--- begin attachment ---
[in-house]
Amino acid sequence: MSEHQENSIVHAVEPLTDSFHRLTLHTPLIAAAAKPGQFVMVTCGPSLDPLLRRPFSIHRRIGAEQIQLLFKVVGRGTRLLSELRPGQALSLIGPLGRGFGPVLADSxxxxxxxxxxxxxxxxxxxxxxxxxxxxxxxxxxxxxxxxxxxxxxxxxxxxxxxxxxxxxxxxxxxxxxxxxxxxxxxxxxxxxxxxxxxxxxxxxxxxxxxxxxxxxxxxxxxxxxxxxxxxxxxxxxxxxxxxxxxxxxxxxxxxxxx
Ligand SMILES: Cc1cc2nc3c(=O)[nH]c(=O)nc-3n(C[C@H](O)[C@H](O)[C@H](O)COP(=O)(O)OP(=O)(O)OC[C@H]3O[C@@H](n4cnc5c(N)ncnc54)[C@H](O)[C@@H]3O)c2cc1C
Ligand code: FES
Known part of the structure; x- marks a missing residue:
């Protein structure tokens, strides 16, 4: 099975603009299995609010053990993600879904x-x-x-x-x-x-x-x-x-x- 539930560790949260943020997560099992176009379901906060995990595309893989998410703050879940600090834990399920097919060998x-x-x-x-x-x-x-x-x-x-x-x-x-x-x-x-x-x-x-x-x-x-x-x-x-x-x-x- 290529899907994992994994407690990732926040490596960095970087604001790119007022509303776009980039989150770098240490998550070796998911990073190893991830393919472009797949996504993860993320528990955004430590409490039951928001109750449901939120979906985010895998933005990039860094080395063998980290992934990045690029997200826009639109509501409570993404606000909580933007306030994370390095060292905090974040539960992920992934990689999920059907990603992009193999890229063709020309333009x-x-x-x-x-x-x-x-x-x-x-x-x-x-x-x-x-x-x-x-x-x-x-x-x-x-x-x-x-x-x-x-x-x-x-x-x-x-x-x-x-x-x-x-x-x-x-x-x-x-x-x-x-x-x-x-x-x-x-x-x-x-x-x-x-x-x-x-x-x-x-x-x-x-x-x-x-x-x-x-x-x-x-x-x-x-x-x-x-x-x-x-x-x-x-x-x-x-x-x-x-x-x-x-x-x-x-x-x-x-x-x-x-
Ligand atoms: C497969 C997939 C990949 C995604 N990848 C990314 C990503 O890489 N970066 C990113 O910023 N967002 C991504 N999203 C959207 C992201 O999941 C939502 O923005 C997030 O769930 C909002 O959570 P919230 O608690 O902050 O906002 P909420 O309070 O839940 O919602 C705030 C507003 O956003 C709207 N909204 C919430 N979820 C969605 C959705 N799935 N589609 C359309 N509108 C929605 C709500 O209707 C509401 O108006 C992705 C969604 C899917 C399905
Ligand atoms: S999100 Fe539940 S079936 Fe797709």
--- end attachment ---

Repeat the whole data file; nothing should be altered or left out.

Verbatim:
[in-house]
Amino acid sequence: MSEHQENSIVHAVEPLTDSFHRLTLHTPLIAAAAKPGQFVMVTCGPSLDPLLRRPFSIHRRIGAEQIQLLFKVVGRGTRLLSELRPGQALSLIGPLGRGFGPVLADSxxxxxxxxxxxxxxxxxxxxxxxxxxxxxxxxxxxxxxxxxxxxxxxxxxxxxxxxxxxxxxxxxxxxxxxxxxxxxxxxxxxxxxxxxxxxxxxxxxxxxxxxxxxxxxxxxxxxxxxxxxxxxxxxxxxxxxxxxxxxxxxxxxxxxxx
Ligand SMILES: Cc1cc2nc3c(=O)[nH]c(=O)nc-3n(C[C@H](O)[C@H](O)[C@H](O)COP(=O)(O)OP(=O)(O)OC[C@H]3O[C@@H](n4cnc5c(N)ncnc54)[C@H](O)[C@@H]3O)c2cc1C
Ligand code: FES
Known part of the structure; x- marks a missing residue:
């Protein structure tokens, strides 16, 4: 099975603009299995609010053990993600879904x-x-x-x-x-x-x-x-x-x- 539930560790949260943020997560099992176009379901906060995990595309893989998410703050879940600090834990399920097919060998x-x-x-x-x-x-x-x-x-x-x-x-x-x-x-x-x-x-x-x-x-x-x-x-x-x-x-x- 290529899907994992994994407690990732926040490596960095970087604001790119007022509303776009980039989150770098240490998550070796998911990073190893991830393919472009797949996504993860993320528990955004430590409490039951928001109750449901939120979906985010895998933005990039860094080395063998980290992934990045690029997200826009639109509501409570993404606000909580933007306030994370390095060292905090974040539960992920992934990689999920059907990603992009193999890229063709020309333009x-x-x-x-x-x-x-x-x-x-x-x-x-x-x-x-x-x-x-x-x-x-x-x-x-x-x-x-x-x-x-x-x-x-x-x-x-x-x-x-x-x-x-x-x-x-x-x-x-x-x-x-x-x-x-x-x-x-x-x-x-x-x-x-x-x-x-x-x-x-x-x-x-x-x-x-x-x-x-x-x-x-x-x-x-x-x-x-x-x-x-x-x-x-x-x-x-x-x-x-x-x-x-x-x-x-x-x-x-x-x-x-x-
Ligand atoms: C497969 C997939 C990949 C995604 N990848 C990314 C990503 O890489 N970066 C990113 O910023 N967002 C991504 N999203 C959207 C992201 O999941 C939502 O923005 C997030 O769930 C909002 O959570 P919230 O608690 O902050 O906002 P909420 O309070 O839940 O919602 C705030 C507003 O956003 C709207 N909204 C919430 N979820 C969605 C959705 N799935 N589609 C359309 N509108 C929605 C709500 O209707 C509401 O108006 C992705 C969604 C899917 C399905
Ligand atoms: S999100 Fe539940 S079936 Fe797709």